So when you are talking about this, it is always sort of presented as –
DR. KELLER: Sure.
MR. GIFFORD: — “it’s wrong, you’re wrong, you’re gay, you’re outside here.” It is possible to be an evangelical Christian and a homosexually inclined person. And that is because God utterly loves gay people, and just as he loves straight people.
And that sometimes gets lost in the sort of ferocity of the — you were not ferocious on this point at all, but the danger is I think that gets lost, and that creates the animosity, again, that somehow representing some faith that is saying to gay people, “You are lesser, you can’t come in, you can’t take part in anything of what we are doing in here,” when of course the whole point of the gospel is that anybody can.
It doesn’t mean it’s a blank check of any sort for gay people or straight people, but it’s a faith into which anybody can come.
DR. KELLER: We are going to keep talking about that. There is no reason to –
MR. CROMARTIE: Do you have a short answer?
DR. KELLER: My guess is somebody else is going to ask –
MR. CROMARTIE: Ask the same?
DR. KELLER: Yes.
MR. CROMARTIE: Okay.
DR. KELLER: I mean, the only thing to say, of course, is when I say there are moral norms, when the Bible says sex is for — and I think it’s the most common sense reading of it — two things. One is sex is not a consumer good. It’s a way of self-donation. It’s a way of giving yourself to somebody else inside marriage. It’s a glue that creates a relationship that is long-lasting.
The second thing I think the Bible teaches pretty clearly is that male and female both have their own unique glories. Therefore, they are not interchangeable. And that any long-term community, family community, in which people are going to thrive, especially children are going to thrive, is you need all of the glories.
In other words, if male and female both have unique glories, and together they really show us the image of God better, that if you are going to have a long-term community, you need to have all of the glories.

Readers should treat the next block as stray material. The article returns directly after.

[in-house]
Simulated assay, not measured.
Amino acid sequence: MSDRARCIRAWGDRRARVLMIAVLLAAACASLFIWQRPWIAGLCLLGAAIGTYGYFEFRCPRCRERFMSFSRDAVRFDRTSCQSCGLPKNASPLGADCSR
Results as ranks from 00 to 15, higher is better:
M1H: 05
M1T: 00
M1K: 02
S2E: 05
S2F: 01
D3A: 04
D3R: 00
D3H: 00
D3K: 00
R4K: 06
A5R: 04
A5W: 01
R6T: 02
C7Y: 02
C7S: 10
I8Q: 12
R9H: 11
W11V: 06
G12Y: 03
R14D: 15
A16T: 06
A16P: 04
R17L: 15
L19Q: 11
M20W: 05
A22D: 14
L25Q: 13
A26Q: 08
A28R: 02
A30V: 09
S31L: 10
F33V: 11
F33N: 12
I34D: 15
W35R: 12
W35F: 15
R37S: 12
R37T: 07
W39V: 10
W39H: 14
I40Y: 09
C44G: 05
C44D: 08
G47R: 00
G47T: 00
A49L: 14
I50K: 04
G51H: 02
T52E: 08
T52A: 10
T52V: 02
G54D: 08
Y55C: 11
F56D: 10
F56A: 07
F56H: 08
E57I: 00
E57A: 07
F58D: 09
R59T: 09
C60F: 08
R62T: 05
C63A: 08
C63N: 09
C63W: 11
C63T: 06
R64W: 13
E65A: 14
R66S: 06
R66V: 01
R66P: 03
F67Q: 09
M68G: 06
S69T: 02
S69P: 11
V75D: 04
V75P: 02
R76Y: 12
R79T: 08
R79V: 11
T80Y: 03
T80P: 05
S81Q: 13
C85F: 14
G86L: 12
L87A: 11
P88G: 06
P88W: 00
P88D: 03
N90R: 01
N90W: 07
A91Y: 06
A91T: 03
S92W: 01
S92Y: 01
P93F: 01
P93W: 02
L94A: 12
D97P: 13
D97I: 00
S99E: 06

And so on the one hand, Christians who are abusive or disdainful to gay people, or who say that even to have the attraction to the same-sex means you are “immediately out, I don’t want to talk to you, you can’t be here,” of course, you’re saved by grace. You’re not saved by having perfect motives and having all of your desires in the right order.
But the basic idea that sex is for marriage, and that marriage should have the full glories of both male and female, I think is the most common sense reading of the Bible. And so that has to be put forth in a respectful way. That’s all.
MR. CROMARTIE: Okay. Carl Cannon, and then Sally.
CARL CANNON, RealClearPolitics.com: I would like to follow up on that discussion that we have been having.
DR. KELLER: That’s not a surprise.
MR. CANNON: I covered the White House for years, and follow up questions are a lost art, so I’m actually –
I’m endearing myself to my brethren here.
You didn’t dwell on this, but you talked about evangelical Christians gravitating towards the cultural establishments. And I thought of Hollywood so let’s just talk about that for a minute.
There are going to be evangelical Christians in Hollywood. There already are. We know Micheal Flaherty, there are others. And if you get some kind of critical mass there, they are going to produce art that is an amalgamation of both cultures — evangelical Christianity and Hollywood liberalism, social liberalism.
And there will be TV programs and movies about this. Notwithstanding Jonathan Rauch’s point, and his faith tradition is Jewish, so the Old Testament, and what you just said just now to our friend from Britain, do you see — to use a term of another colleague of ours — a third way, an accommodation that would allow really for gay evangelicals, is what I’m saying, to be prominent in the church, have a voice in the culture?
DR. KELLER: Well, we’ll see. We’ll see. This isn’t the kind of wisdom contest I was talking about. If you can say, “I’m gay, and I have a high view of the Bible” — in other words, if you feel like you can say, “I’m gay, and I’m an evangelical,” and all I have to do is say, “Great, tell me how you read these various texts.”
And if you say, “Here is how I would read these various texts,” I would say, “Okay. What I want to know is, why are you being so selective? If you are going to read those texts that way, why are you” — I would come back and say, “If the Bible is actually a divine revelation, and if Christianity is essentially not the product of one culture but is really from God,” then it would stand to reason that the Bible would offend every culture somewhere, that is, if it wasn’t the product of Western culture, it would have to offend somebody in Western culture.
Every single culture would have texts of terror. It would have these texts that just are outrageous, that are terrible. If the Bible was true, and if Christianity was God’s revelation, you would expect that, so you shouldn’t say, “Well, it can’t be true.” Well, of course it could be true. In fact, if it wasn’t — if you aren’t outraged by anything, that would mitigate against the idea that Christianity is true.